This article was adapted from a presentation given at a conference called “Grand Strategy and the Anglo-American World View: A Century of the Special Relationship.” The conference was jointly sponsored by King’s College London and the University of Texas at Austin and held at King’s College London on November 13–15, 2014.The Anglo-American relationship has been, is, and is likely to continue to be special, if for no other reason than because almost any other relationship is worse. The worse other diplomatic relationships get, moreover, and the further the world descends from times of tension into times of war, the closer Anglo-American ties become. Never was this more apparent than at the tumultuous end of the Cold War.The statements above beg for a useful definition of that vague term, “special.” This I will not provide. To understand the strength, vitality, and even existence of this special relationship, we should not look, as other have done, to issues of culture, language, shared economies, or shared values. These do matter, the commonality of language in particular. Ultimately, however, even these important factors pale in comparison to the real issue that both created and sustained the special relationship over this past century. It is indeed what drives every alliance. In a word: enemies.Real alliances are not made between friends, after all. They are formed in opposition to shared adversaries. Allies don’t even need to perceive threats in the same manner; they merely have to agree upon their identities.Whatever issues of interest or perspective have divided the United States and the United Kingdom this past century—and there were real issues throughout that threatened to drive them apart—what pulled them together was always stronger. In the era of both world wars it was opposition to fascism, German in particular. During the Cold War the relationship rested upon a shared disdain for communism. Today the threat they share is international terrorism, most often tinged with a radical Islamic hue.Washington’s enemies hate London, and vice versa. We share the same bunker and foxhole. Indeed, the more dire the threat and visceral the hatred, the stronger the relationship becomes, a trend that continued in the Cold War’s wake. Though by no means equal partners to the United States, Britain played a crucial advisory and military role as America’s unacknowledged second-in-command within the coalition that ejected Iraq from Kuwait during the Gulf War. It played a similar role during the Blair-Bush partnership of the 2003 Iraqi invasion. Go to any meeting of intelligence analysts in Washington and one is likely to find a Brit among the ranks (along with citizens of other one-time colonies like New Zealand, Australia, and Canada). This arrangement dates back to the days of Ultra and Enigma and the crusade against Nazi Germany.No other country offers American policymakers such sure-fire support as the United Kingdom, though frankly the competition is weak. Contemporary American policymakers consider the Chinese and Russians to be strategic foes. The Japanese and Germans seem historic warmongers now swinging hard the other way toward a pacifism that significantly undermines their willingness to act—and thus their utility. No American policymaker since Benjamin Franklin ever made a fortune by betting on French acquiescence. Israel, another contender for the term “special relationship,” boasts leaders barely even on speaking terms with the current U.S. President. Everywhere one looks for great powers capable of joining American force with measurable force of their own—a category that does not include undersized allies such as Australia or often Canada—one sees no one willing or capable of standing shoulder-to-shoulder with American international leadership.The White House is thus left with Downing Street. The British might have troubling European tendencies, as successive American administrations have argued, and as Tennyson once wrote they “are not now that strength which in old days moved earth and heaven,” but in truth they are better than anyone else. As the poet continued, “that which we are, we are—One equal temper of heroic hearts, made weak by time and fate, but strong in will.” With U.S. military force roughly equal to that of the rest of the world combined, at least in terms of spending, what American planners need most of all when looking round for partners is what their allies in the U.K. still possess: that strength in will.The special relationship makes even more sense when viewed through British eyes. For nearly a century, the principle international responsibility of any British Prime Minister has been to hew close to the American President. If one wants a cynical catchphrase for the relationship, it would be this: special, if only by default.This was certainly the case during the tumultuous end of the Cold War. Its players are well-known, and indeed the relative health of the special relationship mirrors the ups and downs in the relationships between the key characters. I speak, of course, of Ronald Reagan, Margaret Thatcher, George Bush, and John Major.The simple explanation for the way these four interacted, apparent in both popular recollection of these relationships and in the scholarly literature by and large, is one of varying temperatures. Simply put, Reagan and Thatcher enjoyed a warm and close relationship. Bush and Thatcher never burned as bright. True warmth returned to the White House-Downing Street alliance when Major came on the scene.This popular narrative is largely correct, but not entirely. A deeper examination of these relationships shows that, just as Thucydides would have predicted, interests prove a better predictor of intimacy than mere personality. No matter the occupant of the White House or Downing Street at the Cold War’s end, Anglo-American relations proved strongest when outside adversaries loomed largest. They weakened only when adversaries appeared within.The personalities are well-known. Margaret Thatcher, the Iron Lady, found a willing partner in Ronald Reagan, a man today revered by the American right almost as a saint. The two disagreed over many things, yet had far more in common than they had differences. Both were deeply conservative. Both favored blanket endorsements of the market, condemnations of centralized government control, and paeans to the power of unbridled “freedom.” Both loathed authoritarianism in all its varied forms and were quick to identify totalitarian streaks within political opponents. For eight years, they weathered international storms together, confiding in each other and offering support and reassurance when times got tough.Of course, the world could look quite different when viewed from the Potomac as opposed to the Thames. Yet, for example, when Iran-Contra seemed about to scuttle his entire presidency in late 1986 and with impeachment or resignation not wholly unthinkable, it was Thatcher’s hand-written letter that most buoyed Reagan’s spirits. “The press and media are always so ready to criticize,” she’d written, “but your achievements in restoring America’s pride and confidence and in giving the West the confidence it needs are far too substantial to suffer any lasting damage.” Reagan called the Prime Minister right away to thank her, much to the consternation of Donald Regan, White House Chief of Staff, who by this period disliked the idea of his rapidly aging boss speaking to anyone without oversight.Their shared ideology helped their friendship blossom during the 1980s, but what really drove them together was the enemy they shared. Each considered communism an unbridled evil destined for, as Reagan put it with Thatcher watching, “the ash heap of history.”Reagan had made his political career out of similar rhetoric, motivated by the belief that Soviet leaders schemed to conquer the world by force. He rode that crusade all the way to the White House, warning at his first press conference as president that, to achieve world domination, Soviet leaders “have openly and publicly declared that the only morality they recognize is what will further their cause, meaning they reserve unto themselves the right to commit any crime, to lie, to cheat, in order to attain that.” Until they rejected their delusional and dangerous ideology the Soviets would find in him an implacable enemy.It was Thatcher who eventually tempered Reagan’s ire, encouraging him to give one Soviet leader in particular a chance to prove himself different from the rest. Mikhail Gorbachev was, in Thatcher’s famous phrase, “someone with whom we could do business.” She implored Reagan to meet him, to listen to him, even as the transcript of their conversation before the warm glow of a Camp David fire notes her warning that “the more charming the adversary, the more dangerous.”In Reagan and Thatcher we see a high point of the special relationship built on a foundation of the recognition of a shared threat, followed by a mutual understanding that the threat, in the form of Mikhail Gorbachev, needed to be dealt with decisively by the mid-1980s. George H.W. Bush, however, saw the world differently. Of course the Soviet Union remained Washington’s greatest strategic threat by the beginning of Bush’s White House tenure in 1989. In more subtle ways, however, Bush’s chief threat, after dispatching Mike Dukakis in the election, was none other than Ronald Reagan.Bush felt a real need to step out of Reagan’s shadow after acting as his wingman for eight years, a role that had only reinforced his public image as a political weathervane. His incoming Secretary of State, James Baker, in particular exemplified the Bush team’s determination to make a clean break from the Reagan crowd.Baker, of course, had served loyally, even brilliantly, as Reagan’s Chief of Staff and then Treasury Secretary, and felt he owed a debt to Reagan that would never be diminished. But he was also Bush’s best friend, going back to their days as tennis partners in Houston during the early 1960s. It was Bush, moreover, whom Baker quite literally credits with saving his life, pulling him out of the deep hole of depression—and away from the bottle—following the tragic early death of his first wife from cancer.Baker may have worked for Reagan, but he was Bush’s man. He meant it when he said in November of 1988 that “this is not a friendly takeover.” Forget the idea that one Republican Administration would easily transfer to the next, he said—there would instead be a harsh break. Baker ordered every senior Reagan political appointee to submit their resignation, so that he and the President-elect could have maximum flexibility in choosing their new team.Baker couldn’t fire Thatcher, but he saw a symbolic opportunity for his man to create some distance between himself and the outgoing President by publicly shaping a different relationship with Britain’s Prime Minister. Despite Bush’s otherwise cordial relationship with her—and, truth be told, the gentlemanly Bush was cordial with everyone he met—this made her Bush’s political adversary.More than just personal politics was at play here, however. Thatcher had staked out a position that Bush ran against in 1988, that the Soviet Union’s decline and reforms, perestroika and glasnost, signaled more than just a geopolitical shift. She thought it symbolized the very end of the Cold War.It was a position held by many in the Reagan camp, eager to claim the trophy of ending the central geopolitical struggle of their age before leaving office. Thatcher even said as much, quite publicly and pointedly, following her farewell state dinner at the White House in November of 1988, three weeks after Bush won the election. Reagan wanted to toast their friendship, but it was Thatcher who stole the show, only minutes after meeting privately with Bush, by telling reporters that: “We are not in a Cold War now,” but instead enjoyed “a new relationship much wider than the Cold War ever was.” Having long vocalized Reagan’s true sentiments following private meetings, Thatcher thus laid claim to the same role with the newly elected Bush, suggesting she still spoke for the President of the United States, no matter whose name was on the White House stationery.The only problem was, she didn’t. Not only did Bush want to distance himself from her for political reasons, he and his team also did not agree with her assessment of Gorbachev and the Cold War’s early demise. It was not over, Bush, Baker, and National Security Adviser Brent Scowcroft repeatedly preached. They warned that Gorbachev might be lulling us into a false sense of security, hoping to win through what Scowcroft termed a “peace offensive” what Soviet power had proven unable to secure by force: dominance in Europe, and ejection of the American presence across the Atlantic.Indeed, Scowcroft told reporters in his first interview as National Security Adviser in January 1989 that “the Cold War is NOT over.” This was a mantra the Bush Administration would repeat through the summer of 1990, long after the Berlin Wall was down and plans for German reunification settled. In July of that year the President even forbade subordinates from uttering the magic phrase “the cold war is over,” shifting his stance only after Iraq invaded Kuwait that August, a move that sharply refocused American attention away from Europe to the Middle East, and from the problems of bipolarity to the complexity of a post-Cold War world. Thereafter, in Bush’s words, chaos became the Administration’s greatest threat. “Our enemy today is uncertainty and instability,” Bush explained in 1990.He could at least be certain that the British would be at his side. Anglo-American relations declined in importance during Bush’s first full 18 months in office, in large measure because he did not believe as Thatcher did when it came to the Soviet threat, and additionally because they assumed different roles when negotiating the central issue following the Cold War’s eventual end, German reunification. Briefly stated, Bush was for it. He thought the Germans had paid their penance for World War II, and that democracy was sure to be securely rooted after more than two generations in the ground.Moreover, in what was perhaps his most impressive strategic moment, Bush considered unification inevitable by late November of 1989. He thus exacted a price for something already sold, exchanging his promise of support for German unification for the one thing he truly wanted and needed in the spring and summer of 1990: full German participation in NATO. The organization could not survive without the Germans, he reasoned, and without NATO there would exist no formal mechanism by which the United States could remain on the continent. Bush was convinced that the presence of American troops was the sole reason the Soviets had remained outside of Europe for decades, and more importantly the sole reason that Europe had remained peaceful during that time as well. If peace was to prevail on the far side of the Atlantic, the Americans must prevail in staying.Thatcher, as is well-known, trusted German nationalism far less, fearing the threat she experienced in her youth more than declining Soviet power. She also had reason to believe an American exodus from the continent would only enhance Britain’s status in Washington’s strategic calculations. This division strained the special relationship, to the point where members of the Bush Administration openly talked of the Washington-Bonn axis as the new special relationship. Bush was forced to spend considerable time wooing a leader who was supposed to be his closest ally to gain her approval of the central issue of the day.Anglo-American relations never fell into a deep freeze at any point during this period; instead, the heat of the relationship simmered rather than boiled. Bush and Thatcher’s personal relationship, while never fully antagonistic, nonetheless revealed a sense if not of distrust, then of mistrust.That all changed, however, when Saddam Hussein invaded Iraq. The new, shared threat immediately reinvigorated their relationship. It was Thatcher who immediately pledged British support for whatever the Americans decided to do. She ordered her diplomats and military personnel in New York and Washington to immediately coordinate with their American counterparts. It was Thatcher who famously told Bush not to go “wobbly” on his resolve to defend both Kuwait itself and his conception of a new post-Cold War international system based on inviolable sovereignty.A word about “wobbly”: Most remember this infamous tale incorrectly, thinking the British Iron Lady gave the American wimp this advice when they met in Aspen only days after Saddam’s invasion (entirely through the coincidence of earlier scheduling). With his advisers still digesting the news, Bush had yet to lay out the details of his opposition to Hussein’s move. He and Thatcher met, and upon his return to Washington, Bush gave his famous declaration that “this will not stand.” Their conversation must have led to his conversion, her supporters (and his detractors) charge.Not so. The two met in Aspen, but Thatcher’s injunction against wobbling was not uttered on that trip. She in fact issued it several weeks later, when Iraqi ships threatened to break the UN-sanctioned blockade of their country. Due to recent declassification efforts, the documentary record now shows that Bush made his decision to act in Kuwait’s defense before the Aspen meeting. He was simply waiting to gain Saudi Arabia’s explicit approval of the insertion of American forces into the Holy Kingdom before announcing his decision.Bush did not need Thatcher’s encouragement to stand firm, but got it anyway, which is really the point after all: he knew, even before they met, that if American forces prepared to stand their ground in Saudi Arabia, they would soon be joined by their friends from across the Atlantic. The moment a new threat appeared on the horizon, British and American cooperation resumed full force, even if the two countries’ leaders at the time never achieved true friendship.Why did Anglo-American relations truly warm up again only when Major took the helm? Because Major and Bush each saw the world, and the world’s threats, in the same way. Thatcher had already committed Britain to supporting the ouster of Saddam from Kuwait and the reunification of Germany; Major knew his first priority as Prime Minister was keeping close to the Americans.This he surely did, proving a reliable ally in the extreme. Indeed, it is worth noting that two dozen countries sent troops to Desert Storm. More than one hundred voiced their support. But Bush only made two calls before hostilities commenced: to the Saudis, from whose territory those first strikes would be launched, and to Major, his close ally, and ultimately, his friend.This was a friendship that continued through the Gulf War and, more importantly, through the instability of the initial post-Cold war years. Major arguably became Bush’s second most-trusted international adviser (after Canada’s Brian Mulroney), helping to forge if not a common response, then at least a common perception of the central issues of their remaining last months in office, the dissolution of the Soviet Union chief among them.What do these tales from the Cold War’s end tell us about the special relationship? That once more adversaries make allies. When the American President and the British Prime Minister each perceived similar threats, their relationship warmed. More accurately, when they each saw greater threats on the horizon than each other, they remembered why the special relationship existed, and why they ought to renew it. If he were available for comment, Thucydides would be justifiably smug.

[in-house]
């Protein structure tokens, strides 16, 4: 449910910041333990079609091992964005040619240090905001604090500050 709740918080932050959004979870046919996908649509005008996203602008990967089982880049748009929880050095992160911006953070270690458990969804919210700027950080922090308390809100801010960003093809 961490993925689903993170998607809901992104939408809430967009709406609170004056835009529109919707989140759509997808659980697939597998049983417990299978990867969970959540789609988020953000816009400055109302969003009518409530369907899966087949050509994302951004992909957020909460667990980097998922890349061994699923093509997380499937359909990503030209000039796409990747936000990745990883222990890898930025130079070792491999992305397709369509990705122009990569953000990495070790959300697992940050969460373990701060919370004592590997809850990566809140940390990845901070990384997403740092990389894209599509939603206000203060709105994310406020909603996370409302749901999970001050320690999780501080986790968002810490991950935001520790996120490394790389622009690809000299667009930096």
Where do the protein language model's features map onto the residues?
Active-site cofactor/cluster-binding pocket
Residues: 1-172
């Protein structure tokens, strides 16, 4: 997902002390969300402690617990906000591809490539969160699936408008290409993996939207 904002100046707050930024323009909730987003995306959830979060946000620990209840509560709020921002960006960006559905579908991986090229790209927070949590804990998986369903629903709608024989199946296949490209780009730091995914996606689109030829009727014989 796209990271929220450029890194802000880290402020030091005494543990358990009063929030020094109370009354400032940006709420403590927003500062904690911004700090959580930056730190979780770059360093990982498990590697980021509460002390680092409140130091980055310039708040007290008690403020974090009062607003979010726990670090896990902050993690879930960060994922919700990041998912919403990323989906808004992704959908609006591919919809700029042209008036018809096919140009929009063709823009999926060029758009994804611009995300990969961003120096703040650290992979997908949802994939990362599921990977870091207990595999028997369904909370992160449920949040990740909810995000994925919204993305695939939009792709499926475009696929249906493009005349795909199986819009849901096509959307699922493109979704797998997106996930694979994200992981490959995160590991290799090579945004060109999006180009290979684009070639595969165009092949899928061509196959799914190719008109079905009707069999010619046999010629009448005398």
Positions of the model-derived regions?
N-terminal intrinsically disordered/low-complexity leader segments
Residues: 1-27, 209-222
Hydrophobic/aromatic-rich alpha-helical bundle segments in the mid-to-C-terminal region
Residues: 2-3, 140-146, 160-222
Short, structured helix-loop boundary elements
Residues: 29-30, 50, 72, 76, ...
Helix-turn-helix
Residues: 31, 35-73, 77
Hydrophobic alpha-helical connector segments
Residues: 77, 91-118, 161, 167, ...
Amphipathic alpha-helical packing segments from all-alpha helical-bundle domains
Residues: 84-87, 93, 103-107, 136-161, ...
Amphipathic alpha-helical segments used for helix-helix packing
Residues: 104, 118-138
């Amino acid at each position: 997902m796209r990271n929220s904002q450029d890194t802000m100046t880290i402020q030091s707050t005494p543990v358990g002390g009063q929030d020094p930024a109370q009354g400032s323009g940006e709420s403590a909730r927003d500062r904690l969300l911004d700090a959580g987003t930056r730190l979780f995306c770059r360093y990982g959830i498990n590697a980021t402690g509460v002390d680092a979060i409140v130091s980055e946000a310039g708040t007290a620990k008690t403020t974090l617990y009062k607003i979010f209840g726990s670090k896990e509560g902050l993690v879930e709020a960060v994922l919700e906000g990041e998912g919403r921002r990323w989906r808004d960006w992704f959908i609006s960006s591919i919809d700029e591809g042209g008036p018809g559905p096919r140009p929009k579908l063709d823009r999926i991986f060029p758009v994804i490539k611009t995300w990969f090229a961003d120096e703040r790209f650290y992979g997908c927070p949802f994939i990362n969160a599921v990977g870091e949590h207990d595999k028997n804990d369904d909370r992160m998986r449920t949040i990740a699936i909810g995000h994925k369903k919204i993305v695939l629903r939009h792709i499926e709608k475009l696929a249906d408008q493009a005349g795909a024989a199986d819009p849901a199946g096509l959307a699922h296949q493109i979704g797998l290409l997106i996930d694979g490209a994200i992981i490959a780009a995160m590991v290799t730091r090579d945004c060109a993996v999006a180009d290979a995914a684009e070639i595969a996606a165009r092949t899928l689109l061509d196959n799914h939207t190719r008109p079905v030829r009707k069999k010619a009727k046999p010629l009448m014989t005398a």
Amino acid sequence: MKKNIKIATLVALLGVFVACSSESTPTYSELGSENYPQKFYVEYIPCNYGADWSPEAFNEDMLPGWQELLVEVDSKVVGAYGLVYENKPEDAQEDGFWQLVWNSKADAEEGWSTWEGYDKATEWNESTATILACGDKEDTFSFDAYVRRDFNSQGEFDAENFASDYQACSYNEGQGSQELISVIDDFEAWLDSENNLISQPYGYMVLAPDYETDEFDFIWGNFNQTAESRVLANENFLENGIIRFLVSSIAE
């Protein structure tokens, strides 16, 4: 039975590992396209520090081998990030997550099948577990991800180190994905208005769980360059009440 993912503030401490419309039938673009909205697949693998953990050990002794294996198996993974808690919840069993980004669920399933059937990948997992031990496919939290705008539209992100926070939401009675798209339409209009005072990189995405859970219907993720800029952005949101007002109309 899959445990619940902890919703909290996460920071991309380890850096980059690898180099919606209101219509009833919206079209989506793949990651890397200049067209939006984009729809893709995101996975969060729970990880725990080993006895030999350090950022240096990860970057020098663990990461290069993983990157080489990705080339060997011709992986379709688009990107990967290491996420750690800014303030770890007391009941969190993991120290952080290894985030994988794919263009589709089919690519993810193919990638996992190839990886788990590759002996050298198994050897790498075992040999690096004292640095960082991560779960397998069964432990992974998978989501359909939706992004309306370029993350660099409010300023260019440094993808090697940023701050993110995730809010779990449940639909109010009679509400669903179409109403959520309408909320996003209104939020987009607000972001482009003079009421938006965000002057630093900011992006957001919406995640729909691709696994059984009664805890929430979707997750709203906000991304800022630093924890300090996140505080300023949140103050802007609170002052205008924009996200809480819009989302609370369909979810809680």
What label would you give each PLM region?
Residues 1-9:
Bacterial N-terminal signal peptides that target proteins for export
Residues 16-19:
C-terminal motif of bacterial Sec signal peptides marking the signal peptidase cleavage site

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Published on: June 4, 2015
A Special RelationshipNo One Else to Trust
Why does the Anglo-American special relationship endure? Because, as Thucydides pointed out, adversaries make allies.